Politics

APC Primaries: Borno women decry marginalisation after loss 

 

Some women in Borno State, yesterday, said that they were marginalised during the All Progressives Congress (APC) primary elections of candidates for various posts in the state.
Only one of the 22 female candidates, who contested for various elective posts on the platform of the APC, won the election.
Two of the candidates contested for the Senatorial primary election; eight contested for the House of Representatives; and 12 contested the state House of Assembly election.
The senatorial aspirants were: Dr Salma Kolo and Hajja Fati Kakenna, while a three-time member of the House of Representatives, Dr Asabe Vilita, lost to a male candidate.
Other aspirants for the lower chamber of the National Assembly include: Fanta Baba-Shehu; Kai-Ammuna Kadi, Inna Galadima, Aisha Umar, Fatima Kuttayi and Zarah Bukar.
Female aspirants for the State House of Assembly include: Rakiya Galadima, Lami Kaumi, Hauwa Ngwamta, Hadiza Ahmed and Mary Abdulkareem.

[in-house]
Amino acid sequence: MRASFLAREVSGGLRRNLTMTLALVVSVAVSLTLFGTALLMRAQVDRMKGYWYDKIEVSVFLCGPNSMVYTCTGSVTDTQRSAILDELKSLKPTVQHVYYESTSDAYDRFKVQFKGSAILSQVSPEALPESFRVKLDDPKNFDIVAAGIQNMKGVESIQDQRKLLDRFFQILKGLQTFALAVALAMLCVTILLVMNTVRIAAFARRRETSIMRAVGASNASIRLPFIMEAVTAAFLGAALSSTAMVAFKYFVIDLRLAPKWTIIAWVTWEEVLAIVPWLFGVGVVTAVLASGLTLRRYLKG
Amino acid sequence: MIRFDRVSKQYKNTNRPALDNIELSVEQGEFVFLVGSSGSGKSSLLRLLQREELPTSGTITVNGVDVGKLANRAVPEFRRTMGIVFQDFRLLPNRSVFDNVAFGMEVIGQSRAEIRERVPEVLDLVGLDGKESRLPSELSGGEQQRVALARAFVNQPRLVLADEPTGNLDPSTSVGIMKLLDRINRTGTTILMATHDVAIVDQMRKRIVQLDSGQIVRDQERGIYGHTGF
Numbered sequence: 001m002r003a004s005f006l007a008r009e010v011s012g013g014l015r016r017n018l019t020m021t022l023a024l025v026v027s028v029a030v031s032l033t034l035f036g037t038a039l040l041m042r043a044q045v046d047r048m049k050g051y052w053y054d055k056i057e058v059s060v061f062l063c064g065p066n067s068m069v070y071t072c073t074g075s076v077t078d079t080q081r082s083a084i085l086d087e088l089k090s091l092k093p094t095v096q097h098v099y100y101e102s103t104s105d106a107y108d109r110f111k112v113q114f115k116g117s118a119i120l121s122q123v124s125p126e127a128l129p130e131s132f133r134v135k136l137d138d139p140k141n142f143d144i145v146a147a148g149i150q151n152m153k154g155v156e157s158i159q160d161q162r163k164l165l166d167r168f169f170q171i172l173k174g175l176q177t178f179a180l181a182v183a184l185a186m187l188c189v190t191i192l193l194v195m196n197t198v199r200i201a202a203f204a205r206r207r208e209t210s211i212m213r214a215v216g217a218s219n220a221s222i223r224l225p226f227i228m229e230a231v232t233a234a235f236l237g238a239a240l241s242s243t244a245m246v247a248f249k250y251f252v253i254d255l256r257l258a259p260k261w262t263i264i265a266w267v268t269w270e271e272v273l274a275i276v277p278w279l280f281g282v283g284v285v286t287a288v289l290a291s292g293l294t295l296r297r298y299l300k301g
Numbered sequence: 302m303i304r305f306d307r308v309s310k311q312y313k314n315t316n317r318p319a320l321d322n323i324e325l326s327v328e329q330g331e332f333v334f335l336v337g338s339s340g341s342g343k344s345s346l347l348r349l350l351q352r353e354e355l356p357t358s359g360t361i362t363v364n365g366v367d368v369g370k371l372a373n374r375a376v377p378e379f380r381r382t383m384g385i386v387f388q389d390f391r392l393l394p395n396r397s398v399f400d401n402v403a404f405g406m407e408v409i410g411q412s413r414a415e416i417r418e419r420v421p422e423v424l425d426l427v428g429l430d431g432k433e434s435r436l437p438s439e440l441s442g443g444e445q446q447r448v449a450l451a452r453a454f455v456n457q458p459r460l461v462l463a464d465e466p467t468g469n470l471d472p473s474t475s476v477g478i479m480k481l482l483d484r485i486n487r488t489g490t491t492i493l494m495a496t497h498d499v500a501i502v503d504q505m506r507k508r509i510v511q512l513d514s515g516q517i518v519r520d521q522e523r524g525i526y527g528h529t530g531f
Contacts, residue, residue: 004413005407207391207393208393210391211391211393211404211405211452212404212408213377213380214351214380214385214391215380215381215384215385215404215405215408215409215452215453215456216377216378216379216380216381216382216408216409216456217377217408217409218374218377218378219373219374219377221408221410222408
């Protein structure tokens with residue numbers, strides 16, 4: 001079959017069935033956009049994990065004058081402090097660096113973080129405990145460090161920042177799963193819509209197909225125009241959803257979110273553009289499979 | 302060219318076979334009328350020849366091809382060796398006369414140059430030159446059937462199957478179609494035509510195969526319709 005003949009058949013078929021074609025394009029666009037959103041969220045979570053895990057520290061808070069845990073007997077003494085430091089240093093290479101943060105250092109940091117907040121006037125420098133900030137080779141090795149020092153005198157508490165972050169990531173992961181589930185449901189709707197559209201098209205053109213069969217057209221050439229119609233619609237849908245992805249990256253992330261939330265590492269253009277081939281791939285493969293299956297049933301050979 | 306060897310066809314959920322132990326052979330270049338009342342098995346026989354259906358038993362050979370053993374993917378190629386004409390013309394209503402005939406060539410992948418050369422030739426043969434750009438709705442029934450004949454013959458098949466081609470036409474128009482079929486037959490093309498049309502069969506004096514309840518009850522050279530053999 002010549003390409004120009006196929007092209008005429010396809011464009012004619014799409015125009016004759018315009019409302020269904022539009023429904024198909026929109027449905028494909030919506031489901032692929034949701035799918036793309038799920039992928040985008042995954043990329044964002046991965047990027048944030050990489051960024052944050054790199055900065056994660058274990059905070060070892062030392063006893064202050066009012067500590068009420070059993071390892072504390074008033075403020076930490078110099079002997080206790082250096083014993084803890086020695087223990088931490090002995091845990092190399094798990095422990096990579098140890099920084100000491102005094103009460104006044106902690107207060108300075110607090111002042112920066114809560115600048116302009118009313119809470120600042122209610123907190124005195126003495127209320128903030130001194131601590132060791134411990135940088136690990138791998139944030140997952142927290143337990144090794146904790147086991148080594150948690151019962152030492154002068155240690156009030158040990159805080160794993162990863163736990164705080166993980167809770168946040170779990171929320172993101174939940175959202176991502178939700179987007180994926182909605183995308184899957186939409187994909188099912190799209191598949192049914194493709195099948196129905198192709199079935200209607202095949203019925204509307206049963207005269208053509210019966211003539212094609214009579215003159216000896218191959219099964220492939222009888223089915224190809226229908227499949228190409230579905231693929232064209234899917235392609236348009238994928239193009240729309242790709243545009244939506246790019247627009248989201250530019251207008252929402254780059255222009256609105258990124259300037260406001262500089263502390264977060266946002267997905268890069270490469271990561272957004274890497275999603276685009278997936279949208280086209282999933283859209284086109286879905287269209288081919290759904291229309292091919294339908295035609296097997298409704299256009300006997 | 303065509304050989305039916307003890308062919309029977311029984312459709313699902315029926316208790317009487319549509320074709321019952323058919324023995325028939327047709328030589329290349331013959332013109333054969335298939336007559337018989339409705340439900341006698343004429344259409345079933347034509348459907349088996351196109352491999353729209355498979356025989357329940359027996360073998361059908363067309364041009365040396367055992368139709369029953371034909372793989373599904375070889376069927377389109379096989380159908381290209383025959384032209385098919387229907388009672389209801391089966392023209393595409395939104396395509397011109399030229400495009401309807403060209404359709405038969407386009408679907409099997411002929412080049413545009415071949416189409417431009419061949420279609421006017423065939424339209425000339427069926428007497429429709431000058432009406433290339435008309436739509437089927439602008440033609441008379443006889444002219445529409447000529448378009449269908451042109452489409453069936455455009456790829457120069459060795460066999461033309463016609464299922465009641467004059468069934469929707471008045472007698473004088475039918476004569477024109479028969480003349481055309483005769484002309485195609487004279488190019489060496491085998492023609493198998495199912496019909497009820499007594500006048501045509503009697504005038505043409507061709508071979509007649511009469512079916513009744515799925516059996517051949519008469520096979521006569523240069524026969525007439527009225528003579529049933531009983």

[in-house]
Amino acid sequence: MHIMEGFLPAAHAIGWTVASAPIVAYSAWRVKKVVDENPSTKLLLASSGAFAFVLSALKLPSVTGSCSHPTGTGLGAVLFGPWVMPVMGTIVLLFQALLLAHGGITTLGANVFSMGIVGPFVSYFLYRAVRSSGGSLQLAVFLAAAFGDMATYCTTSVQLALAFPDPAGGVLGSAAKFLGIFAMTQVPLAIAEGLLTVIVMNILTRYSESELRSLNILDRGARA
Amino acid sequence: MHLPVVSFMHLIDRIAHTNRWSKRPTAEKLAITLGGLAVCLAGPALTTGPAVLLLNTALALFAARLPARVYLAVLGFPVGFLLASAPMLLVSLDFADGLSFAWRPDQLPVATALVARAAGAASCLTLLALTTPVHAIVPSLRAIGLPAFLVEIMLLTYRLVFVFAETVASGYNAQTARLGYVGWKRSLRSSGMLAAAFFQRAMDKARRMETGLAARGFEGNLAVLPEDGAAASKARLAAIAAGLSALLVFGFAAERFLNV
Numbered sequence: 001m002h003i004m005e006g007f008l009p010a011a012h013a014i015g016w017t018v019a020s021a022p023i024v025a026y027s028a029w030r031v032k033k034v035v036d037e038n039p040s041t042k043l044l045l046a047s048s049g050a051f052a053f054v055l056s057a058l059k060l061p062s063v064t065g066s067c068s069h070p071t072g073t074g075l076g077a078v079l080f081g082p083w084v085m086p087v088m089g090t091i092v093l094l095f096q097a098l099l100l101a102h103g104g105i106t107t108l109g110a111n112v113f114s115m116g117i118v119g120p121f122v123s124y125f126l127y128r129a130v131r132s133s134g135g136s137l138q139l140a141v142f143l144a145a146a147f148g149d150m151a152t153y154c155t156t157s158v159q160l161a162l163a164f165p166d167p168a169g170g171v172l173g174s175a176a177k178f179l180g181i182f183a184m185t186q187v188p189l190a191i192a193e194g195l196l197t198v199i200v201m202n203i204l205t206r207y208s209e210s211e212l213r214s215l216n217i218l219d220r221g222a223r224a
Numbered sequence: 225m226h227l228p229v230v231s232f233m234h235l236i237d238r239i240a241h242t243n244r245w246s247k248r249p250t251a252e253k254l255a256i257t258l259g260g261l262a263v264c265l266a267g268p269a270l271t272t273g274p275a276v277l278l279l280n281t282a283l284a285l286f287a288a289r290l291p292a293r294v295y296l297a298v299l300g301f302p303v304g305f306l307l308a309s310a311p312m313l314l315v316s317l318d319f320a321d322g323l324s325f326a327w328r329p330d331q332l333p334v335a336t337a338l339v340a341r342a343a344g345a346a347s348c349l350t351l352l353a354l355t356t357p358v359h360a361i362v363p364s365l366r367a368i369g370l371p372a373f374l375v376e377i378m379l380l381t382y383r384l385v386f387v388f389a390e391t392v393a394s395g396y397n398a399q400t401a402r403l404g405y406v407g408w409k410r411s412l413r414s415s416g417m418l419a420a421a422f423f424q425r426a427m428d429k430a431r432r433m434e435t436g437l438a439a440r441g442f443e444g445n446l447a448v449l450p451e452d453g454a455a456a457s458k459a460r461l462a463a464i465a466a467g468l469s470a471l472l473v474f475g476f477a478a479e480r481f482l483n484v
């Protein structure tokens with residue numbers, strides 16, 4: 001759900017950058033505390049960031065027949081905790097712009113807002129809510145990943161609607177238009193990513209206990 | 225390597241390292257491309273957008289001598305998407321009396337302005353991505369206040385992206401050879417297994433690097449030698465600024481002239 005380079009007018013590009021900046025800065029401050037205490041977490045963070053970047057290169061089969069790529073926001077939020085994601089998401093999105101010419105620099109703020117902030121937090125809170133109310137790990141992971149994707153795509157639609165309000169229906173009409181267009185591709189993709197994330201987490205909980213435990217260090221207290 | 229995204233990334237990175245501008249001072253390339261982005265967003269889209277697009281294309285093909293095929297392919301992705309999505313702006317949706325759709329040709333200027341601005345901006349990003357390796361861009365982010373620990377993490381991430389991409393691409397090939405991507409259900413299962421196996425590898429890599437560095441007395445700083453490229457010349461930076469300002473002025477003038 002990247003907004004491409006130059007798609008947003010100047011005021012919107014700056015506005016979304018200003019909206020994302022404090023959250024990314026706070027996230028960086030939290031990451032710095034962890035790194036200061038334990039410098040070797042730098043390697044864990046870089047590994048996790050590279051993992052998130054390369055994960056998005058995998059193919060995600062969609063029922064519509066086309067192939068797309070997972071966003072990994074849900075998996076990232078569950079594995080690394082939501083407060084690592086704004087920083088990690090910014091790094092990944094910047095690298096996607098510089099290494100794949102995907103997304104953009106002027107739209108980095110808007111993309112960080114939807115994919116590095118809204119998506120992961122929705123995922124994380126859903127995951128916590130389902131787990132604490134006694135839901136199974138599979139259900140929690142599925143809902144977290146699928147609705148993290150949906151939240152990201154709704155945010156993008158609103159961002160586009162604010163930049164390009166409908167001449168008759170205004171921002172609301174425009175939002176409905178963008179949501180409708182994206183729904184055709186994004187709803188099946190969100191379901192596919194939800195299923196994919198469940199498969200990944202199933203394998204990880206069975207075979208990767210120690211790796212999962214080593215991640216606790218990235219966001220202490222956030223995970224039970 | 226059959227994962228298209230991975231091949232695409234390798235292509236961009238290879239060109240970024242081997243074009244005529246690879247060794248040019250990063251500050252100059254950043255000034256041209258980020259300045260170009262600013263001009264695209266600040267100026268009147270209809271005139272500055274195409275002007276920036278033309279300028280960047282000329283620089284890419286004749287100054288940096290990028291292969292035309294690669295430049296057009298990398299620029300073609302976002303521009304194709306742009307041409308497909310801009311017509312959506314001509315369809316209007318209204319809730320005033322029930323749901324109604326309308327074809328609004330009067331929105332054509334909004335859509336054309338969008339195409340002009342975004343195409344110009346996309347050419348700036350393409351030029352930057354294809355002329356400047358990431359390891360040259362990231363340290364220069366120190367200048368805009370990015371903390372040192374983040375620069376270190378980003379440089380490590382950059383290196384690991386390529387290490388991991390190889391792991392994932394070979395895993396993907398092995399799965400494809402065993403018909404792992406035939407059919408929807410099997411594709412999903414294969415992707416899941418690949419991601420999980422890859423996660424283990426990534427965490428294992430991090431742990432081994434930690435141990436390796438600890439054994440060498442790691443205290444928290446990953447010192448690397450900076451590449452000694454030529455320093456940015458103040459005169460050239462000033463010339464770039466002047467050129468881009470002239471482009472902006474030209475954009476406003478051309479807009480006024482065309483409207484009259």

Others were: AishaWawa; Juliana Bitrus, Hauwa Magaji, Wasini Yakubu, Kwapchi Bata and Lubabatu Abdulkarim.
One of the candidates, Kakenna, who lost the election to the serving Sen. Habu Kyari (Borno North Senatorial District), condemned the exercise.
Kakenna, who is the women leader of the party, petitioned the Appeal Panel to nullify the exercise and declare her the winner of the election.
Speaking in separate interviews Bata and Abdulkarim expressed their sadness over their failure at the polls but they both said they had accepted the outcome of the exercise in good faith.
“The existing political structure favours male against their female counterpart. We are going to support and work for the party to sweep the polls.
“We are optimistic that proactive measures would be evolved to promote women participation in politics, to encourage growth of democratic culture and good governance,” Abdulkareem said.
An activist, Ms Lucy Yunana, described the outcome of the primary elections as a clear manifestation of domination by men.
Yunana noted that the exercise indicated that women attained zero per cent of political representation, against the 35 per cent declared in the Beijing charter.
Yunana called for measures to ensure full implementation of the Beijing Declaration in the state while also urging women to work as a team for the improvement of their well-being.

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